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A quick question regarding evaluation of algebraic expressions at specific values. If for instance I enter

(x + 1) (x + 2)/((x + 2) (x + 3)) /. x -> -2

mathematica will output $-1$, automatically evaluating the limit at the removable singularity.

In another scenario, I have some complicated algebraic expression $f$ involving $x$'s and $a$'s , and entering

f/.x->1/a

returns `ComplexInfinity'.

My question is, in general, if I evaluate some expression at a point in this manner, and get `ComplexInfinity' as the output, can I be sure that the expression diverges at this point?

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    $\begingroup$ It would be better to use Limit. In your first example, x+2 terms (probably) cancel before the substitution $\endgroup$
    – mikado
    May 4, 2019 at 6:11
  • $\begingroup$ A simple counter-example is (1 + 2 x + x^2)/(x + 1) /. x -> -1, where you do need to use Limit. Automatic cancellation of factors only works when the factors are explicit, as in your example. $\endgroup$
    – Roman
    May 4, 2019 at 6:15
  • $\begingroup$ thanks for the responses. The issue with using Limit on my f is that it doesnt seem to be able to produce an output, since the expression is quite complicated. $\endgroup$ May 4, 2019 at 6:51
  • $\begingroup$ Also I think it's worth noting that in the counterexample (1 + 2 x + x^2)/(x + 1) /. x -> -1, the output is 'indeterminate' rather than 'complexinfinity'. Maybe there is some distinction here $\endgroup$ May 4, 2019 at 6:52
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    $\begingroup$ This is an empty talk without your "some complicated algebraic expression " which makes no sense. $\endgroup$
    – user64494
    May 4, 2019 at 9:27

2 Answers 2

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Does this mean I can be 100% confident that the expression $f$ does not converge at $x=1/a$?

No:

f = ((E + x)^2 - E^2 - x^2 - 2 E x)/(a x - 1);

f /. x -> 1/a
(*  ComplexInfinity  -- message omitted *)

Limit[f, x -> 1/a]
(*  0  *)

In fact, this $f$ is zero:

Simplify[f]
(*  0  *)
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  • $\begingroup$ Disagree with "In fact, this $f $ is zero": up to usual conventions, $f$ is not defined at $x= \frac 1 a$ (assuming, of course, $a\neq 0$). $\endgroup$
    – user64494
    May 4, 2019 at 14:01
  • $\begingroup$ @user64494 That's obvious. Are you saying the function is not zero? Or are you disagreeing with something else? $\endgroup$
    – Michael E2
    May 4, 2019 at 14:03
  • $\begingroup$ Because $\frac 1 a $ does not belong to the domain of $f$, the substitution x->1/a is incorrect, so its result is unpredictable. $\endgroup$
    – user64494
    May 4, 2019 at 14:07
  • $\begingroup$ Let us put $a=2$. Then FunctionDomain[(-x^2 - 2 E x + (x + E)^2 - E^2)/(2 x - 1), x, Reals] performs $x<\frac{1}{2}\lor x>\frac{1}{2} $. $\endgroup$
    – user64494
    May 4, 2019 at 14:15
  • $\begingroup$ @user64494 That seems both obvious, as I said before, since I constructed the function that way, and exceedingly trivial. Do you really feel it's necessary to add to any statement about the behavior of a function $f \colon A \rightarrow B$ the proviso "on its domain $A$"? $\endgroup$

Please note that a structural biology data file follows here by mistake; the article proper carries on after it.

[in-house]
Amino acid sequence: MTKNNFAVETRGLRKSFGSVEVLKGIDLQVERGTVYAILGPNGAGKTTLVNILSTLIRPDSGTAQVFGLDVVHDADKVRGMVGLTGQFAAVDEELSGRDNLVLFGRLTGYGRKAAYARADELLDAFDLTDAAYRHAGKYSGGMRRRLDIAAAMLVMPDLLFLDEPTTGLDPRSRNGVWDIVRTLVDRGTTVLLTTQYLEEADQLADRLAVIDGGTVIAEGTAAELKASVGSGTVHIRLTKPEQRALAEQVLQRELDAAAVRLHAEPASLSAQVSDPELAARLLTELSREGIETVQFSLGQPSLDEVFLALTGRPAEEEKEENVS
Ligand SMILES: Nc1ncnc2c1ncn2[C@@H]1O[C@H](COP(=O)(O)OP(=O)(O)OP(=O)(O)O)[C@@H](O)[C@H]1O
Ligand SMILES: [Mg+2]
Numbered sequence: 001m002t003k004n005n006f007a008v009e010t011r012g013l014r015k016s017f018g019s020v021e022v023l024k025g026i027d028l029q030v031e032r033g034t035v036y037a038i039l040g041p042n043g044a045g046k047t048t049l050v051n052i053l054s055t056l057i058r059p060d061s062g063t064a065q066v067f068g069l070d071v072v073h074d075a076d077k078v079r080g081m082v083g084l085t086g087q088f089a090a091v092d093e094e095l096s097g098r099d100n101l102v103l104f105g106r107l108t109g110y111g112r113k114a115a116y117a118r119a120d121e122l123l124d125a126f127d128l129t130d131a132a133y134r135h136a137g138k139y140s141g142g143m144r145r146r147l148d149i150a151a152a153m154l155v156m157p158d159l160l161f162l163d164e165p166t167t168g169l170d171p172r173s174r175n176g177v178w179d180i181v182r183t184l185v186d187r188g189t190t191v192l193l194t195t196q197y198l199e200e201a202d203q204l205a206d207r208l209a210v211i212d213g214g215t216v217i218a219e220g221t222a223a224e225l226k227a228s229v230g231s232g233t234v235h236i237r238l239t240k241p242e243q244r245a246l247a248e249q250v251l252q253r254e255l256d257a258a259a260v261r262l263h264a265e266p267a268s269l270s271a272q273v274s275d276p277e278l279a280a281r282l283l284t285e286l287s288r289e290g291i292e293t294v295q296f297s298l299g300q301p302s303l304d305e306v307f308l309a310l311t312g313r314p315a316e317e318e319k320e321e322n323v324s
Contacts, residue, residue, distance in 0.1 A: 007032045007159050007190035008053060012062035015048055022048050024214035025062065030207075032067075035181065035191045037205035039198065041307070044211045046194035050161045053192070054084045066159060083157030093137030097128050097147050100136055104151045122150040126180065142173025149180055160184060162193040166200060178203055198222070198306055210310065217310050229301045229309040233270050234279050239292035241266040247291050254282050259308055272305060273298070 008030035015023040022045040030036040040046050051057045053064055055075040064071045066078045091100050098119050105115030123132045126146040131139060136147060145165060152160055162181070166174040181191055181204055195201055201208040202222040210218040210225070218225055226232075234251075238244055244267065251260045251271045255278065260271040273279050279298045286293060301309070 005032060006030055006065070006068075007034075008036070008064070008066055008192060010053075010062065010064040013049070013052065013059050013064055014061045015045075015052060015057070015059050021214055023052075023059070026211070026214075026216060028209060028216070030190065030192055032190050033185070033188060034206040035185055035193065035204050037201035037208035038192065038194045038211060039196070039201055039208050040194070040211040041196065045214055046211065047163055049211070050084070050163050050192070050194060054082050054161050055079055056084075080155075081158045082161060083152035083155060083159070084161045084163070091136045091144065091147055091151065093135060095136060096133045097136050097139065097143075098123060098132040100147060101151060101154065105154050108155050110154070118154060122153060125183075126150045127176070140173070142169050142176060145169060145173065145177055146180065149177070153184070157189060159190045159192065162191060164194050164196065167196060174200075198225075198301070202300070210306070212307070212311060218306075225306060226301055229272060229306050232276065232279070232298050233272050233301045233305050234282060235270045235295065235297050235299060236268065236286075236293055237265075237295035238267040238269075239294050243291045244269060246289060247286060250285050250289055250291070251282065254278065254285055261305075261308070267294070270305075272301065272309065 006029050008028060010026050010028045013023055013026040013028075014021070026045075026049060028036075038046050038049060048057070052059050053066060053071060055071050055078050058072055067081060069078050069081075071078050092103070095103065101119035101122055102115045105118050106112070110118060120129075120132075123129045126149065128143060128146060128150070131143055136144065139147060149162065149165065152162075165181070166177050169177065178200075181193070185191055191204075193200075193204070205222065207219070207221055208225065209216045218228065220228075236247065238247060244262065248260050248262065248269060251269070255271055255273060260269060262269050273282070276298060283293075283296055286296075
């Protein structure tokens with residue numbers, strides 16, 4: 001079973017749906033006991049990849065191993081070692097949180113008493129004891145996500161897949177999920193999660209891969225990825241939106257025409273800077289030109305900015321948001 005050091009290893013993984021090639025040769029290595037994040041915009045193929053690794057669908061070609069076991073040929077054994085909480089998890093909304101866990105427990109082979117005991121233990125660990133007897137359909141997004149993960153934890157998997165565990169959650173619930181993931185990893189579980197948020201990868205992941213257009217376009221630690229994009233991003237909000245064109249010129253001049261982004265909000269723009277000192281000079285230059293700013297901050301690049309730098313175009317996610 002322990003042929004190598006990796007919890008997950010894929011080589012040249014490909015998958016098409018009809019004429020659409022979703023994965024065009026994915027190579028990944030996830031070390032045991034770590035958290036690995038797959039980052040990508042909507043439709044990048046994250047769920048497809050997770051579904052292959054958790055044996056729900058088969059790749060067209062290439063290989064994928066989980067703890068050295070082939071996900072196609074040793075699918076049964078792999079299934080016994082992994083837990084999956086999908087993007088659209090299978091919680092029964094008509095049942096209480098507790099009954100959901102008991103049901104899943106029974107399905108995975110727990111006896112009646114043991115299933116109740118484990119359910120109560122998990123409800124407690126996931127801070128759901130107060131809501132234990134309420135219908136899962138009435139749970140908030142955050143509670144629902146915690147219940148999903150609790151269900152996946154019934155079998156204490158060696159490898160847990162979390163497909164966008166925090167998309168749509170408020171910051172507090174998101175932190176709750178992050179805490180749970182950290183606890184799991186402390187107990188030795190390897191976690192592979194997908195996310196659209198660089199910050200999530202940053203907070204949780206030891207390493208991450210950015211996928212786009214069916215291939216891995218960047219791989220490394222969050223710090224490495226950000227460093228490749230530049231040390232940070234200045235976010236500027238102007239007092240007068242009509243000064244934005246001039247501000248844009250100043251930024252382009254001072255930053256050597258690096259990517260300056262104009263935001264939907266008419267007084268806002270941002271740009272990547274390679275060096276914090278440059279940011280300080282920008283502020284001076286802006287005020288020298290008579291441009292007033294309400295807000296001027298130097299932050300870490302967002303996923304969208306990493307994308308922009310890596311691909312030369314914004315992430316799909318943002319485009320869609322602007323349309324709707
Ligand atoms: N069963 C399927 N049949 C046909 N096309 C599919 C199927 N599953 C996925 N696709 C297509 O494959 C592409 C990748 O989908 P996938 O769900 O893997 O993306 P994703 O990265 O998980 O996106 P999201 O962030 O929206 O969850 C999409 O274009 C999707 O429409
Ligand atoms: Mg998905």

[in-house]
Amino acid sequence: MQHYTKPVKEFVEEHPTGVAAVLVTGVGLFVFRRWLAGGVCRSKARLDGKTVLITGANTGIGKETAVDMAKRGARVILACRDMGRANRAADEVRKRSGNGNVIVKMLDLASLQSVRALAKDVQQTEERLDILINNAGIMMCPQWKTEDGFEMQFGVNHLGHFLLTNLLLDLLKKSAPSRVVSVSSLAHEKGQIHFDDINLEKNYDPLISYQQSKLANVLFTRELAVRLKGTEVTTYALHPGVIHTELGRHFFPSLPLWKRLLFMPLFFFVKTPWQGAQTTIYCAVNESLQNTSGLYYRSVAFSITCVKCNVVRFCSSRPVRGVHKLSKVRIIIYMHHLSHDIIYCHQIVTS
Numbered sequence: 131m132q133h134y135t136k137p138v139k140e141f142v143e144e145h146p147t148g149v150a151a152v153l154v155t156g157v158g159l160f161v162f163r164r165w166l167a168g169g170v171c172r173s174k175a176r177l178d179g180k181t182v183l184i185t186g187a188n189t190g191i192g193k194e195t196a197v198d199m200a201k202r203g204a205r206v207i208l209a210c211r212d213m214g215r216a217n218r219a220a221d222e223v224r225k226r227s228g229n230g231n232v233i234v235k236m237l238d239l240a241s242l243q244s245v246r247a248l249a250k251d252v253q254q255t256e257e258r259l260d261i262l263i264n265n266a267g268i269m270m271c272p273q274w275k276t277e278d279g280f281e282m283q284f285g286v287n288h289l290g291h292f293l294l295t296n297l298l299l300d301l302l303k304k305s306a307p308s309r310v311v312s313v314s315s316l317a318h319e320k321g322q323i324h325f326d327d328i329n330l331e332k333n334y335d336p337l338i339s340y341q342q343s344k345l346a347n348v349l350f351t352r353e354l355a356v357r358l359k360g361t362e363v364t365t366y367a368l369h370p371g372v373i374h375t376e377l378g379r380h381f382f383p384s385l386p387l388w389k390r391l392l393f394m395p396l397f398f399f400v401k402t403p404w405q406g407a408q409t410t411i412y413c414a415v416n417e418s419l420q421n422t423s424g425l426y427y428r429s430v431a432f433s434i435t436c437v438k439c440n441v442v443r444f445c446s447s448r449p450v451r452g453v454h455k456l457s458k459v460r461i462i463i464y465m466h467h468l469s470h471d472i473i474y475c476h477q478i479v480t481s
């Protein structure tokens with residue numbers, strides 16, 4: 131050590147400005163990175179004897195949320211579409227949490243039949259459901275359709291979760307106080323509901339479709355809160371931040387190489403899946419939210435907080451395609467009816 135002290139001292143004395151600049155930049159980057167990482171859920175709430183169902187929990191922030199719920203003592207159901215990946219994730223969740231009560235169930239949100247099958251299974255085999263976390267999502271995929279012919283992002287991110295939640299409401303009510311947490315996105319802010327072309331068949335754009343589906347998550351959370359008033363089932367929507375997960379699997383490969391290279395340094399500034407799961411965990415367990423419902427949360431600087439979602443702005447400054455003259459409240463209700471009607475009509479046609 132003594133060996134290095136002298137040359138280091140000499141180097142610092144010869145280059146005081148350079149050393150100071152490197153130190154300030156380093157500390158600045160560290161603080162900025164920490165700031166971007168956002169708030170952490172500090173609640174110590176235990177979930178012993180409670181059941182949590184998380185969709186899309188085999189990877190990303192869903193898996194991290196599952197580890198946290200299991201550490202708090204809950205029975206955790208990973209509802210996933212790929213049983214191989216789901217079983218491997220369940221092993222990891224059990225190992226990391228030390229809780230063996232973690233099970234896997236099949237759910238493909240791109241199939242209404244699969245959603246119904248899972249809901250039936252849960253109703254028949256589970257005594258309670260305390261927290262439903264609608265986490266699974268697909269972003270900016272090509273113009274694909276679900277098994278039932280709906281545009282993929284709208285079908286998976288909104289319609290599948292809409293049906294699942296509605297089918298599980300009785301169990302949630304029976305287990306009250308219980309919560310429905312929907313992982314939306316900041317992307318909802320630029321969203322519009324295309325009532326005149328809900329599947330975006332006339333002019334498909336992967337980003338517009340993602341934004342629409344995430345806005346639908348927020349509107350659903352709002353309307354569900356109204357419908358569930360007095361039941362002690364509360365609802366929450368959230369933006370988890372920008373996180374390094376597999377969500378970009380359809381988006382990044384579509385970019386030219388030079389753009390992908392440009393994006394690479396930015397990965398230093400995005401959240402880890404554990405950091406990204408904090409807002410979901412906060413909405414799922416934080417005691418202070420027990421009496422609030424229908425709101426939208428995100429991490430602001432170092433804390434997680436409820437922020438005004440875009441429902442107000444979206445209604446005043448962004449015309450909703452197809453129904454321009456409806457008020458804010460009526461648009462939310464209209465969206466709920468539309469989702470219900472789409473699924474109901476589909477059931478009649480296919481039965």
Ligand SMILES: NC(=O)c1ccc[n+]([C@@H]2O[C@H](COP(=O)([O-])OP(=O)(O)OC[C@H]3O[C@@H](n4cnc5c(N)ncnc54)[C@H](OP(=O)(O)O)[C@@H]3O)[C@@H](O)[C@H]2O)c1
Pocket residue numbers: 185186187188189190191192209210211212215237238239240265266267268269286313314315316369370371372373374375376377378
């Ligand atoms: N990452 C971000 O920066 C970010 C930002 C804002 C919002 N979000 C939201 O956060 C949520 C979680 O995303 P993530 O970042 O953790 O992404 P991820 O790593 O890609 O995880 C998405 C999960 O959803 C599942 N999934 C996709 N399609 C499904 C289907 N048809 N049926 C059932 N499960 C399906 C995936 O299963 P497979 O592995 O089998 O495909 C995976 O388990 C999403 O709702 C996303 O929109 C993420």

– Michael E2
    May 4, 2019 at 14:47
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Mathematica does not evaluate limits unless explicitly asked to do so. What it does is simply evaluate the numerator, then evaluate the denominator, and then evaluate the resulting fraction. The only subtlety is that "evaluate the resulting fraction" means a simple syntactic evaluation, without bothering of possible zeros and thus returning an expression which is not fully equivalent to the input expression. Mathematica also doesn't try to factor the numerator/denominator to check for possible cancellations.

If the resulting fraction turns out to be 1/0, then it will evaluate to ComplexInfinity. If the resulting fraction is 0/0, then it will evaluate to Indeterminate.

Your first example is evaluated as follows:

  1. Evaluate the numerator: (x + 1) (x + 2) => (x + 1) (x + 2);

  2. Evaluate the denominator: (x + 2) (x + 3) => (x + 2) (x + 3);

  3. Evaluate the fraction (Mathematica performs simple syntax cancellation of terms): (x + 1) (x + 2) / ((x + 2) (x + 3)) => (x + 1) / (x + 3);

  4. Substitute -2 for x: (x + 1) / (x + 3) => -1 / -1 => 1.

For the example form the comments the evaluation chain is as follows:

  1. Evaluate the numerator: (1 + 2 x + x^2) => (1 + 2 x + x^2);

  2. Evaluate the denominator: (x + 1) => (x + 1);

  3. Evaluate the fraction: (1 + 2 x + x^2) / (x + 1) => (1 + 2 x + x^2) / (x + 1);

  4. Substitute -1 for x : (1 + 2 x + x^2) / (x + 1) => 0 / 0 => Indeterminate.

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    $\begingroup$ Trace and TracePrint can be quite useful in such situations to see how the evaluation progresses through an expression. $\endgroup$
    – Roman
    May 4, 2019 at 13:12
  • $\begingroup$ Unfortunately, $(x + 1) (x + 2)/((x + 2) (x + 3)) $ is not defined at $x=-2$ up to traditional math. Therefore, the substitution $x=-2$ makes no sense. $\endgroup$
    – user64494
    May 4, 2019 at 14:25
  • $\begingroup$ @user64494, that's what I meant by "not fully equivalent to the input expression". $\endgroup$ May 4, 2019 at 14:49
  • $\begingroup$ Do you answer the unclearly formulated question under consideration? $\endgroup$
    – user64494
    May 4, 2019 at 15:05

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